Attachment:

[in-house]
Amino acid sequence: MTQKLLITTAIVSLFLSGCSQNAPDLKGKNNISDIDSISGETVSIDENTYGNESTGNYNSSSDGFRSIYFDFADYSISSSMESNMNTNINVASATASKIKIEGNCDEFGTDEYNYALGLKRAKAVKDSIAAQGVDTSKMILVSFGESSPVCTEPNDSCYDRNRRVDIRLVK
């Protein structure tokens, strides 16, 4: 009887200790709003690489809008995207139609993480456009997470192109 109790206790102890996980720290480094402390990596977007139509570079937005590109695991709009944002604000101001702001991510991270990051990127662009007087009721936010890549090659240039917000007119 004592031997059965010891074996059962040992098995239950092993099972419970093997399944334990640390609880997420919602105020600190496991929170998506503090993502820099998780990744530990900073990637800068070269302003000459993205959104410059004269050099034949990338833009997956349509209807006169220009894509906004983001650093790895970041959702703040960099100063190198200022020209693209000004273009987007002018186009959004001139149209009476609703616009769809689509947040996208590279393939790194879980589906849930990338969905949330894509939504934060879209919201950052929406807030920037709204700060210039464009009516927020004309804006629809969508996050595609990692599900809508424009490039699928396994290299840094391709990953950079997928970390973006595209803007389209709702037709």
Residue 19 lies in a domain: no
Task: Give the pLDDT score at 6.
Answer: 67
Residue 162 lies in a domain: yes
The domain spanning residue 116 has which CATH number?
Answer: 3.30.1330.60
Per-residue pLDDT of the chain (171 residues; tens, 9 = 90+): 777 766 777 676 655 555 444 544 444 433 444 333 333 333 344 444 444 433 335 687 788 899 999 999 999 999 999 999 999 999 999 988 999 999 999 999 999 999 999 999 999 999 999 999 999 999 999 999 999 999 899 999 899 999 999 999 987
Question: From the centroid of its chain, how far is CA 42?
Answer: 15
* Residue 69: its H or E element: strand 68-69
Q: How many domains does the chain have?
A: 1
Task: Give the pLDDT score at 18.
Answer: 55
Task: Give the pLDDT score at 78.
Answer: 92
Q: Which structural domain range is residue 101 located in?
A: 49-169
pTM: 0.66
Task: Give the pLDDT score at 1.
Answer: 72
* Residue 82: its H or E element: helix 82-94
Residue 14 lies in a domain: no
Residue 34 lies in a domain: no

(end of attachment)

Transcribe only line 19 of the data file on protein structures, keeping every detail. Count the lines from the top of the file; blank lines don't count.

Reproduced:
Answer: 92